"M y six-year-old won’t go to sleep unless I’m in the house. If I need to go out, she can end up going to bed past midnight.”

It’s not only babies who keep their parents busy at night: school-age children have their share of nighttime woes as well.

“My ‘baby’ is nine years old, so you’d think that I’d have the night to myself at this point. But this little guy can’t settle into sleep. He’s in and out of bed a hundred times between nine p.m. and one a.m.”

Trouble Sleeping

Separation anxiety can cause children to have trouble going to bed — especially their own bed. This and other types of anxiety can also stop them from falling asleep once they’re in bed; an overactive mind, for instance, may jog a child into a state of perpetual alertness that delays the onset of and prevents restful sleep. Or a vivid imagination conjures up monsters in closets and kidnappers at windows, leading to the production of the vigilant “wake-up-and-run” chemistry produced by the fight-or-flight response.

When anxious feelings make it hard for a child to sleep, parents can offer a wide range of tools and strategies (see, for example, my book The Fear Fix). Although children often crave the security of sleeping with their parents, this isn’t a flexible strategy, as it requires the constant availability of the parent. It’s preferable to help kids past the toddler stage access feelings of comfort and security in their own beds.

Other children have trouble falling asleep because their bodies and/or minds are hyperactive. ADHD and other conditions can contribute to physical sensations of “being on the go,” “wound up,” or “tense.” Medications and foods can also cause these feelings. A mind that flits from topic to topic, reviewing the day, making plans for the morrow, and solving problems, can keep its owner wide awake.

Calming the body and/or mind can be accomplished by various therapies: homeopathic, herbal, and conventional medical therapies, as well as restorative yoga, all have their offerings, as do other interventions such as physical exercise and breathing strategies. What doesn’t work is telling the child to just close his eyes and go to sleep!

Night Terror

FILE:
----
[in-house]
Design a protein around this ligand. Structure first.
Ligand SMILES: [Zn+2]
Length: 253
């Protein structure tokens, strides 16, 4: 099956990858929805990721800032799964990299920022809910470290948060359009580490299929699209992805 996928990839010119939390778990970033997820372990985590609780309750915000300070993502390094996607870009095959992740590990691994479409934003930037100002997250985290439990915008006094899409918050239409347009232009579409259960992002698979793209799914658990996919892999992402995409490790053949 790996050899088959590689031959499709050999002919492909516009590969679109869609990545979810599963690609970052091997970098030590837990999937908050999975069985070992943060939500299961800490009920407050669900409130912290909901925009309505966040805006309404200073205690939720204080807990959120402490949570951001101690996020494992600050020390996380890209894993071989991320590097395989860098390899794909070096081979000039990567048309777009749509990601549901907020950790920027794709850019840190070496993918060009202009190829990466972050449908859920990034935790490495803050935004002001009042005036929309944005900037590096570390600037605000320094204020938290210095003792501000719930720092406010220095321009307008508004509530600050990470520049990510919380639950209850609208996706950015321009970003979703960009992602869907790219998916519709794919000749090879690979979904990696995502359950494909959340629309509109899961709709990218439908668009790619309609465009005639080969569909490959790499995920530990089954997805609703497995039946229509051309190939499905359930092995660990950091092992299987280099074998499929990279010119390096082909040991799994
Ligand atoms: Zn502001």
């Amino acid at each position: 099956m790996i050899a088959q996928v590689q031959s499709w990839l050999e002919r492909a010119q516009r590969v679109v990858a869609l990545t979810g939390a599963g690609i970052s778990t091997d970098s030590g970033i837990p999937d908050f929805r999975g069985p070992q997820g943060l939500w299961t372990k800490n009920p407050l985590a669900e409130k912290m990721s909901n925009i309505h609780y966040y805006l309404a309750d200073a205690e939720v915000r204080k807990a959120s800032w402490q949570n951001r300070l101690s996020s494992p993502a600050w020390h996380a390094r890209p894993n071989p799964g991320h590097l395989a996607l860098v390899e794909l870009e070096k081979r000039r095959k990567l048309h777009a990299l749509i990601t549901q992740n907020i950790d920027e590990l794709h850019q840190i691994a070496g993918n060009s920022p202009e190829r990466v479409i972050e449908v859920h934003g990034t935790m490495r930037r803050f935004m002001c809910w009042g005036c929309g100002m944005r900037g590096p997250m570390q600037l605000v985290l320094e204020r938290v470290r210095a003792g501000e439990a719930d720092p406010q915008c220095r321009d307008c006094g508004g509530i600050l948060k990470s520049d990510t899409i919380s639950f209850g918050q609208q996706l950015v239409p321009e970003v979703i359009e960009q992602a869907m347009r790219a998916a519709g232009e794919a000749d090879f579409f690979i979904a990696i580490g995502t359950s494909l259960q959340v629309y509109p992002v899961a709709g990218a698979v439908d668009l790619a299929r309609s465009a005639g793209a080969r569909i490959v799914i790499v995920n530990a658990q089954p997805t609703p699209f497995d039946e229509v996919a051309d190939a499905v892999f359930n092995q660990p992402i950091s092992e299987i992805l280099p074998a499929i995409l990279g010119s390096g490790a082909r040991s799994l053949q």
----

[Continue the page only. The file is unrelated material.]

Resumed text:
“Ever since she was around three, our daughter has had night terrors. She’s eight now and they still happen regularly; our pediatrician said she may not outgrow them until she’s twelve.

“She wakes up screaming and when we come to help her, she looks right through us and pushes us away. She can’t respond to our questions and she doesn’t appear to know what she’s screaming about. The other kids don’t always manage to sleep through all the noise.

“Then she’ll suddenly close her eyes and fall asleep. In the morning, she has no clue that she even woke up!”

Night terror tends to run in families, often showing up when there are relatives who are sleepwalkers or sleep-talkers. It is thought to be a neurological phenomenon, slightly worse during times of stress but not primarily psychological in nature. In other words, the sufferer isn’t anxious, unhappy, or otherwise emotionally disturbed. Stress, however, makes the nervous system slightly more vulnerable, so just as some people get headaches when stressed and others get stomachaches when stressed, “night terror people” have more night terrors when stressed.

Parents can do little but wait out the individual night terror and the entire period of night terrors (which may last from a few years to a decade). Making sure the child is safe; sitting nearby, and speaking softly, may provide some comfort, but the phenomenon stops only when it’s run its course.

"I Had a Bad Dream"

Nightmares are another phenomenon that can disturb a child and his family. When a child awakens with a bad dream, he tends to know where he is and can recognize and accept the help of a parent. Daytime worries and problems may lead to nightmares; by identifying and addressing stressors, parents can help reduce their child’s troubling dreams.

Sometimes food sensitivities can lead to nightmares; having this checked out can be helpful. Limiting exposure to news, scary stories, and disturbing videos is often valuable. In addition, teaching a child to focus on images of safety and happiness at bedtime can help settle the mind and emotions.

Parents also have their own sleep problems: insomnia affects millions of adults. While you’re helping your child to find his inner calm, make sure you apply the strategies for yourself as well. (Originally featured in Family First, Issue 546)